Today, the entire global economy is deflating. Industrial demand and manufacturing are collapsing worldwide. Once economic deflation is underway, debt snowballs.
The Federal Reserve will turn the money spigots wide open to mitigate the paralyzing effects of deflation on the U.S. consumption-economy. For now, the dollar is strong because the yen and the Euro are weakening FASTER; but the true value of the dollar is declining.
Die Weimarer Republik
There are striking parallels between the U.S. economy (since 2008) and the economy of the German Weimar Republic in the 1920s. When recession hit the German economy, the central bank printed massive amounts of currency to stimulate business activity and pay debt. The cost of living was rising, the middle class was getting poorer, and debt was growing.
Although core fundamentals in the economy were deteriorating, industrial magnates benefited from money printing. Easy credit enabled business leaders to wipe out their debts with cheap money. They expanded plants, bought companies, and speculated in foreign exchange with borrowed money. Germany’s booming stock market was the envy of Europe.
All of a sudden, market psychology changed. One minute the rich were borrowing like crazy. Overnight, no one wanted to buy the debt.
There were no warning signals before credit collapsed. Just months before, Germany’s economics Ph.D.s had insisted money printing by the central bank was not a problem. They said inflation was low and manageable –even healthy– and proved it by documenting the country’s low inflation numbers.
In 1921 and 1922, politicians and eminent economists maintained there was no inflation in the Weimar Republic; but a sudden loss of confidence triggered the madness of hyperinflation. By 1923, 42 billion marks (ℳ) equaled one U.S. penny.
The following gold and silver charts demonstrate how quickly the paper mark (ℳ) lost value as the destruction of hyperinflation swept over the highly civilized society. The small minority who had the foresight to exchange their paper marks for gold early saved their capital. The government quickly imposed restrictive currency laws and rigid capital controls.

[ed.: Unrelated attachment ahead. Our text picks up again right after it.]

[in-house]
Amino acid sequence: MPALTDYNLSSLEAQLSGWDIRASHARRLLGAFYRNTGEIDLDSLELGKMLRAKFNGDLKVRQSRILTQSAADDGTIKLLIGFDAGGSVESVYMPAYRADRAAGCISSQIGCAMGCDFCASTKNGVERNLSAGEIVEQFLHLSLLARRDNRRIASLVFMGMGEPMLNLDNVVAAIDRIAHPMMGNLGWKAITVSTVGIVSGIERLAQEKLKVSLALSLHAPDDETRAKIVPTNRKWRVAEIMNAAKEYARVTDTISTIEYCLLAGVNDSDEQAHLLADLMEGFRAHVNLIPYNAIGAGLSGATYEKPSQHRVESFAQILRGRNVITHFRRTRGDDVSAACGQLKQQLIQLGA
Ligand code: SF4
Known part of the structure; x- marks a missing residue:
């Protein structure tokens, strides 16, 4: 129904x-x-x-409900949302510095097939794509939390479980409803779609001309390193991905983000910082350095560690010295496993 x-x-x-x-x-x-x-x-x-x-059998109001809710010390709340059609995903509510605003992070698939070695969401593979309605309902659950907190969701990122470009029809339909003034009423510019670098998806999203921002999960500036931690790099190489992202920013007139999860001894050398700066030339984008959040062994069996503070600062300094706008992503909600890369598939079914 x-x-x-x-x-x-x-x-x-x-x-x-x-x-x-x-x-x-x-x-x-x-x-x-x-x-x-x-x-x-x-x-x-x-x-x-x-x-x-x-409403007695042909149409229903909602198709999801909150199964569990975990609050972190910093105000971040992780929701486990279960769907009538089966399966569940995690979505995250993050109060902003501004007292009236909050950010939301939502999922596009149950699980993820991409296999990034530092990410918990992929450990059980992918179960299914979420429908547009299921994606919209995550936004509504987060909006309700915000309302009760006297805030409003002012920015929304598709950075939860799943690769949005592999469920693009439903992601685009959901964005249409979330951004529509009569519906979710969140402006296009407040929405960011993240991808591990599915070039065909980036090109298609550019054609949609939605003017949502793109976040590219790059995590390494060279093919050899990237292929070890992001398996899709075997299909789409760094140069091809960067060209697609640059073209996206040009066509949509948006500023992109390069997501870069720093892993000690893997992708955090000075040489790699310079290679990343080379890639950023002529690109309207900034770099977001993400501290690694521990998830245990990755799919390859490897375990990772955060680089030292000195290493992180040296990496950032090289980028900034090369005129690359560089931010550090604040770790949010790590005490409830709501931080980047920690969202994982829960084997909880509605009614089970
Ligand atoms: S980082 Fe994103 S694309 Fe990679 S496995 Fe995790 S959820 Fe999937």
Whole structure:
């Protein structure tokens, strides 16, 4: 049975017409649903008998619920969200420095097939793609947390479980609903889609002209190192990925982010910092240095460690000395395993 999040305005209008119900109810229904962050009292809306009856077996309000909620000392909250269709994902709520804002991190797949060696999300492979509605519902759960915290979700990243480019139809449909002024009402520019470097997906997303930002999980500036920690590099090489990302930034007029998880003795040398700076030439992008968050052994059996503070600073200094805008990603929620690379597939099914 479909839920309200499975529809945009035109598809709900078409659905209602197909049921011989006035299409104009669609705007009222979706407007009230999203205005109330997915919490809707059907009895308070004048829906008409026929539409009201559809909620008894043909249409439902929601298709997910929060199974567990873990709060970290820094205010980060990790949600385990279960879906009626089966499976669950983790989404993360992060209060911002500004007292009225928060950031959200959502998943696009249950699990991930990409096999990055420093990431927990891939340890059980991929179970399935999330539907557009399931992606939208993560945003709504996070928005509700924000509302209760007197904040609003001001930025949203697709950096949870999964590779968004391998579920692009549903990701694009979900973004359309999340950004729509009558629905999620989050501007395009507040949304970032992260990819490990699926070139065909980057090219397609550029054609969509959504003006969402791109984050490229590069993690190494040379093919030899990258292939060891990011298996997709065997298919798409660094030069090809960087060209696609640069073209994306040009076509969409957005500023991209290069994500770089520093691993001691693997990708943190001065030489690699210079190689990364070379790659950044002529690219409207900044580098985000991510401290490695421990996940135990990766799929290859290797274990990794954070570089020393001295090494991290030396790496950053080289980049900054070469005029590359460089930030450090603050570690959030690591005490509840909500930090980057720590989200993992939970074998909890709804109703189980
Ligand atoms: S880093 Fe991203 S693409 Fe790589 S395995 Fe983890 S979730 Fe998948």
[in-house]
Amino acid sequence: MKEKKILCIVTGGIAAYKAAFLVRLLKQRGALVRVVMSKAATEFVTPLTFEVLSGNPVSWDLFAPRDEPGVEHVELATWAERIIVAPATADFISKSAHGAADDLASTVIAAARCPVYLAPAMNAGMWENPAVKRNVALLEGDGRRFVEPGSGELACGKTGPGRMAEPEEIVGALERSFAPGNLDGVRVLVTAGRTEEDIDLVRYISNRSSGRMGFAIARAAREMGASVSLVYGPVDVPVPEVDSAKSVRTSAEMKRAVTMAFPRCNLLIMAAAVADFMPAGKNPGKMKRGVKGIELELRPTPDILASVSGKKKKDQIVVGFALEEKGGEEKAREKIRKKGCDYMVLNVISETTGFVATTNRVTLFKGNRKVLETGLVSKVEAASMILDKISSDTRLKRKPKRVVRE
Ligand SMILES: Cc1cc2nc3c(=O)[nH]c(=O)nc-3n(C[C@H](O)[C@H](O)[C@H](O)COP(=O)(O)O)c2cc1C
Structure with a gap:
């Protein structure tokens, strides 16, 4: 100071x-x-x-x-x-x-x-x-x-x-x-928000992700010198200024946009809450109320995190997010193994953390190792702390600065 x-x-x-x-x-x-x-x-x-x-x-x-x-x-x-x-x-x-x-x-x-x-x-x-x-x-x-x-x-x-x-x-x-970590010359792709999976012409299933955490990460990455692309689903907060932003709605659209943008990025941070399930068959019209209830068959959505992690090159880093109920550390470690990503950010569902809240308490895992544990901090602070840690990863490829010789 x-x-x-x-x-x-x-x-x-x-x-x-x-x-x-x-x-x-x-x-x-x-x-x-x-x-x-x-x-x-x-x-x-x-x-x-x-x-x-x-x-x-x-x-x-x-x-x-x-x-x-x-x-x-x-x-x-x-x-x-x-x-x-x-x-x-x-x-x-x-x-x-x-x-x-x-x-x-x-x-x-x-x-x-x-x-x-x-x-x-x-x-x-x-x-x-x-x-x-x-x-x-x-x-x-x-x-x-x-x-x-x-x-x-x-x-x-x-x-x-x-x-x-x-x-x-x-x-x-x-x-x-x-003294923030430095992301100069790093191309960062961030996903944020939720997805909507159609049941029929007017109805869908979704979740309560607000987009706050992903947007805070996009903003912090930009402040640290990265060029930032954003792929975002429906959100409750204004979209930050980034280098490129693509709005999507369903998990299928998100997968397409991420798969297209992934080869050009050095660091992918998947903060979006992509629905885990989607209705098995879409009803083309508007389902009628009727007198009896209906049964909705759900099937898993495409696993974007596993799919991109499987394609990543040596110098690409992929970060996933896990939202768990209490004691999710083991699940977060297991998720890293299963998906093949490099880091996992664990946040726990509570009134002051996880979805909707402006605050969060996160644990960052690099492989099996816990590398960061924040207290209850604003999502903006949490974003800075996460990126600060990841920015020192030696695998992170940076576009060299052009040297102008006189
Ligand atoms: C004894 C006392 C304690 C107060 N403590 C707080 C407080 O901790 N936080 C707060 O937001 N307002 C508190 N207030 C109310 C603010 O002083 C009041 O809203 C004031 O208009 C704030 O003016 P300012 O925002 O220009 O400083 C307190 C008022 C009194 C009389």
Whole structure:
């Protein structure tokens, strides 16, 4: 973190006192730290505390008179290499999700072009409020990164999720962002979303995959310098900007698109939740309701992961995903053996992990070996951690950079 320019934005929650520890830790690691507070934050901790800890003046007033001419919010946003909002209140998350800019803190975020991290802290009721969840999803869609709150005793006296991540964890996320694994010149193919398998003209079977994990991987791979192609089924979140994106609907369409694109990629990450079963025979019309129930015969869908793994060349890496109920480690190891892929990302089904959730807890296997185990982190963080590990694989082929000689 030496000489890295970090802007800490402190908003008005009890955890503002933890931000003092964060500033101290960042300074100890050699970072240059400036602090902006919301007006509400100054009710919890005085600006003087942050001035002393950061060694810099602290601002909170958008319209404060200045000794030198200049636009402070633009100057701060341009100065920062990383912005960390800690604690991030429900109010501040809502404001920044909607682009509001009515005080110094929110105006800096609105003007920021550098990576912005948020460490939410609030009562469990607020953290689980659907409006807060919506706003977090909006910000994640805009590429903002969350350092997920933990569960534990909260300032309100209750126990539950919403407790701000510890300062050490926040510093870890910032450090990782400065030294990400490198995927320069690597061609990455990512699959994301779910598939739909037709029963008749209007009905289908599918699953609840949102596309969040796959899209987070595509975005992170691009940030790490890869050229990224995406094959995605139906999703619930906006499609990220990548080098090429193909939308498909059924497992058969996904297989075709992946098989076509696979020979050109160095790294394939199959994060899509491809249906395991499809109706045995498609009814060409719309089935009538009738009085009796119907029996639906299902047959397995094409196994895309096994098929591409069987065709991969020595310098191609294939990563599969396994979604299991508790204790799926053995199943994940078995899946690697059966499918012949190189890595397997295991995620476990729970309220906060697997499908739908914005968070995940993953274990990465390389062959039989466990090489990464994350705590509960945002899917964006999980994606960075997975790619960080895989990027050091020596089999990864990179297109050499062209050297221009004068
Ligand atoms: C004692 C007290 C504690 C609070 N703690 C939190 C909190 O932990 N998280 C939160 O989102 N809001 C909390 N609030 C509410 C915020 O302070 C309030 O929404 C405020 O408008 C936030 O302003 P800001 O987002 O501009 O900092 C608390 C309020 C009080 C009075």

Weimarer Republik – Papiermark ℳ
Price of Gold in German Marks:
Price deflation after Feb. 1920:
prices on imported goods fell 50%;
mark strengthened against other currencies.
April rate of price inflation 6%;
price inflation after May.
Dec. mark regained ¼ of Nov. value
Price inflation in the autumn.
Jan 50,000 → 372,477
Oct 2 6,631,749,000
Oct 9 24,868,950,000
Oct 16 84,969,072,000
Oct 23 1,160,552,882,000
Oct 30 1,347,070,000,000
Nov 5 6,700,000,000,000
Nov 30 97,000,000,000,000
From 4.2 marks per 100% gold-backed US $1
To 4.2 trillion marks per gold-backed US $1.
Price of Silver in German Paper Marks:
May Deflation 60
Price deflation after Feb. 1920:
prices on imported goods fell by half;
mark strengthened against other currencies.
April rate of price inflation was 6%.
Price inflation after July.
Price stability in the spring.
June 5 80,953
July 3 207,239
Aug 7 4,273,874
Sept 4 16,839,937
Oct 2 414,484,000
Oct 9 1,554,309,000
Oct 16 5,319,567,000
Oct 23 7,253,460,000
Oct 30 8,419,200,000
Nov 5 54,375,000,000
Nov 13 108,750,000,000
Nov 30 543,750,000,000
1 U.S. Silver Dollar = 4.2 trillion paper marks ℳ
[About ¾ of an ounce of pure silver cost 4.2 trillion marks.]
After money velocity took off, Germans could no longer exchange marks for gold on the black market; no one would sell an ounce of gold for paper marks at any price.
Does any of the following sound familiar?
Germany ran huge deficits and lived far beyond its means. The country had little manufacturing for export, extremely high taxation, and staggering debt (war/social reforms). The purchasing power of the currency was decreasing steadily (gold-backing was removed in 1914); and the tax-base was shrinking. As revenues declined, spending accelerated on national healthcare, welfare and education.
The Weimar government financed the vast majority of its expenditures by borrowing. The government issued notes (promises to pay); the Reichsbank in Berlin issued money on the ‘security’ of the promissory notes. The central bank was the back-stop, keeping interest rates artificially low and ‘monetizing’ the debt.
Leaders said money-printing was necessary for jobs. During the inflationary boom, Germany had over-employment. The government was padded with bureaucrats; and industry was heavily subsidized by the state. Low-skilled workers were employed in make-work and short-time jobs, with excessive redundancy.